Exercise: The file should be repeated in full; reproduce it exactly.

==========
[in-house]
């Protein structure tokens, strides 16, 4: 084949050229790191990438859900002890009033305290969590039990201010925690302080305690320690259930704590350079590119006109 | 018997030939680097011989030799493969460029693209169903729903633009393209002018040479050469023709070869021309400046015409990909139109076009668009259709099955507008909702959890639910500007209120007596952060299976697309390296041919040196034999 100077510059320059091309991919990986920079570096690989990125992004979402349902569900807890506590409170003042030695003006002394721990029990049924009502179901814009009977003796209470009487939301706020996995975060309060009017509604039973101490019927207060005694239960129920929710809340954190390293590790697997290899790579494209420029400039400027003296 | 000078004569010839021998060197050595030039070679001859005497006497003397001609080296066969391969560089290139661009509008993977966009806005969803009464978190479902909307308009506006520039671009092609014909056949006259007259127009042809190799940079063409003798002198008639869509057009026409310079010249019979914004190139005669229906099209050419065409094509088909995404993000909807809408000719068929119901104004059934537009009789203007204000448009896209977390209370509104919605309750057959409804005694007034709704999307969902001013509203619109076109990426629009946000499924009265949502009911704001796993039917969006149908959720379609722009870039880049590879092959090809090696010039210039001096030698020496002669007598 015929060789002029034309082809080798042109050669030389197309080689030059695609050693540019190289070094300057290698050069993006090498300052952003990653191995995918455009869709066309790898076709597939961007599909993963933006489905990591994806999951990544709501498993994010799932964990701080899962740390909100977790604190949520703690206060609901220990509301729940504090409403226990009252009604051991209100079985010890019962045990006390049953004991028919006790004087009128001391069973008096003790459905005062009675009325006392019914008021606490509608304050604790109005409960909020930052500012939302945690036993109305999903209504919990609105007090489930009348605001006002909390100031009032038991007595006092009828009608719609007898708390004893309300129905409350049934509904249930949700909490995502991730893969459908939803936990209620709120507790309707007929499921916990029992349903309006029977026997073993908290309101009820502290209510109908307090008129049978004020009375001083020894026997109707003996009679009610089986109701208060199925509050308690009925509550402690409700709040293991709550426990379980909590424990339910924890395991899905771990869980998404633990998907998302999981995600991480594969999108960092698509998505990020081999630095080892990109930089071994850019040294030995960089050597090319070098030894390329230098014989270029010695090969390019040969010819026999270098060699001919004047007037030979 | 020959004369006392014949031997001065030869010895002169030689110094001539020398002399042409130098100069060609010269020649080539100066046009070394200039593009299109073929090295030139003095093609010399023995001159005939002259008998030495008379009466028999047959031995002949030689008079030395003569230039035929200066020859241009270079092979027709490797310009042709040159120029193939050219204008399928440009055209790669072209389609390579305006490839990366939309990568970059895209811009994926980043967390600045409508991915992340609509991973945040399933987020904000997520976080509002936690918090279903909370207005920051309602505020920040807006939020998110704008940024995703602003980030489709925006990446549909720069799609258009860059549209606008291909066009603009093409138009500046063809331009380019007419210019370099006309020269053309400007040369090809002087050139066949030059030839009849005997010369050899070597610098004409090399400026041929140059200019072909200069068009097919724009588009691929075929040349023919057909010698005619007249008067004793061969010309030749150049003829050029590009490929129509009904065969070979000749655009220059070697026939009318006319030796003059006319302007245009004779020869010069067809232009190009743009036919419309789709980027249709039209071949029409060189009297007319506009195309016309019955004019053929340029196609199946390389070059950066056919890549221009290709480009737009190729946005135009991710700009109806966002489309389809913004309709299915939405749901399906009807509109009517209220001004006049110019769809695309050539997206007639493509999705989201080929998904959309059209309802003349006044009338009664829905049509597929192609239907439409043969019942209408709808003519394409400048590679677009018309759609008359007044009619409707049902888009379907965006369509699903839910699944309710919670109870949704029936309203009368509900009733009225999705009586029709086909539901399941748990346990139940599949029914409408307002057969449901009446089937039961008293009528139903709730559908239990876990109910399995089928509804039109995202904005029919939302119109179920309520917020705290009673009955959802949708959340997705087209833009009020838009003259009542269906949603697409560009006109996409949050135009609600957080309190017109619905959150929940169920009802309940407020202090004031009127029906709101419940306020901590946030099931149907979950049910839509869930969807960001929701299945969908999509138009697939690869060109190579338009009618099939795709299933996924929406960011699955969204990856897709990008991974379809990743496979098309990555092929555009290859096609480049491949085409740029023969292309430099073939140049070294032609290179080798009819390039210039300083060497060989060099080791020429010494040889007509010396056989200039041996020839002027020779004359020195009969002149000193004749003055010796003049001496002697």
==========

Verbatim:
[in-house]
């Protein structure tokens, strides 16, 4: 084949050229790191990438859900002890009033305290969590039990201010925690302080305690320690259930704590350079590119006109 | 018997030939680097011989030799493969460029693209169903729903633009393209002018040479050469023709070869021309400046015409990909139109076009668009259709099955507008909702959890639910500007209120007596952060299976697309390296041919040196034999 100077510059320059091309991919990986920079570096690989990125992004979402349902569900807890506590409170003042030695003006002394721990029990049924009502179901814009009977003796209470009487939301706020996995975060309060009017509604039973101490019927207060005694239960129920929710809340954190390293590790697997290899790579494209420029400039400027003296 | 000078004569010839021998060197050595030039070679001859005497006497003397001609080296066969391969560089290139661009509008993977966009806005969803009464978190479902909307308009506006520039671009092609014909056949006259007259127009042809190799940079063409003798002198008639869509057009026409310079010249019979914004190139005669229906099209050419065409094509088909995404993000909807809408000719068929119901104004059934537009009789203007204000448009896209977390209370509104919605309750057959409804005694007034709704999307969902001013509203619109076109990426629009946000499924009265949502009911704001796993039917969006149908959720379609722009870039880049590879092959090809090696010039210039001096030698020496002669007598 015929060789002029034309082809080798042109050669030389197309080689030059695609050693540019190289070094300057290698050069993006090498300052952003990653191995995918455009869709066309790898076709597939961007599909993963933006489905990591994806999951990544709501498993994010799932964990701080899962740390909100977790604190949520703690206060609901220990509301729940504090409403226990009252009604051991209100079985010890019962045990006390049953004991028919006790004087009128001391069973008096003790459905005062009675009325006392019914008021606490509608304050604790109005409960909020930052500012939302945690036993109305999903209504919990609105007090489930009348605001006002909390100031009032038991007595006092009828009608719609007898708390004893309300129905409350049934509904249930949700909490995502991730893969459908939803936990209620709120507790309707007929499921916990029992349903309006029977026997073993908290309101009820502290209510109908307090008129049978004020009375001083020894026997109707003996009679009610089986109701208060199925509050308690009925509550402690409700709040293991709550426990379980909590424990339910924890395991899905771990869980998404633990998907998302999981995600991480594969999108960092698509998505990020081999630095080892990109930089071994850019040294030995960089050597090319070098030894390329230098014989270029010695090969390019040969010819026999270098060699001919004047007037030979 | 020959004369006392014949031997001065030869010895002169030689110094001539020398002399042409130098100069060609010269020649080539100066046009070394200039593009299109073929090295030139003095093609010399023995001159005939002259008998030495008379009466028999047959031995002949030689008079030395003569230039035929200066020859241009270079092979027709490797310009042709040159120029193939050219204008399928440009055209790669072209389609390579305006490839990366939309990568970059895209811009994926980043967390600045409508991915992340609509991973945040399933987020904000997520976080509002936690918090279903909370207005920051309602505020920040807006939020998110704008940024995703602003980030489709925006990446549909720069799609258009860059549209606008291909066009603009093409138009500046063809331009380019007419210019370099006309020269053309400007040369090809002087050139066949030059030839009849005997010369050899070597610098004409090399400026041929140059200019072909200069068009097919724009588009691929075929040349023919057909010698005619007249008067004793061969010309030749150049003829050029590009490929129509009904065969070979000749655009220059070697026939009318006319030796003059006319302007245009004779020869010069067809232009190009743009036919419309789709980027249709039209071949029409060189009297007319506009195309016309019955004019053929340029196609199946390389070059950066056919890549221009290709480009737009190729946005135009991710700009109806966002489309389809913004309709299915939405749901399906009807509109009517209220001004006049110019769809695309050539997206007639493509999705989201080929998904959309059209309802003349006044009338009664829905049509597929192609239907439409043969019942209408709808003519394409400048590679677009018309759609008359007044009619409707049902888009379907965006369509699903839910699944309710919670109870949704029936309203009368509900009733009225999705009586029709086909539901399941748990346990139940599949029914409408307002057969449901009446089937039961008293009528139903709730559908239990876990109910399995089928509804039109995202904005029919939302119109179920309520917020705290009673009955959802949708959340997705087209833009009020838009003259009542269906949603697409560009006109996409949050135009609600957080309190017109619905959150929940169920009802309940407020202090004031009127029906709101419940306020901590946030099931149907979950049910839509869930969807960001929701299945969908999509138009697939690869060109190579338009009618099939795709299933996924929406960011699955969204990856897709990008991974379809990743496979098309990555092929555009290859096609480049491949085409740029023969292309430099073939140049070294032609290179080798009819390039210039300083060497060989060099080791020429010494040889007509010396056989200039041996020839002027020779004359020195009969002149000193004749003055010796003049001496002697």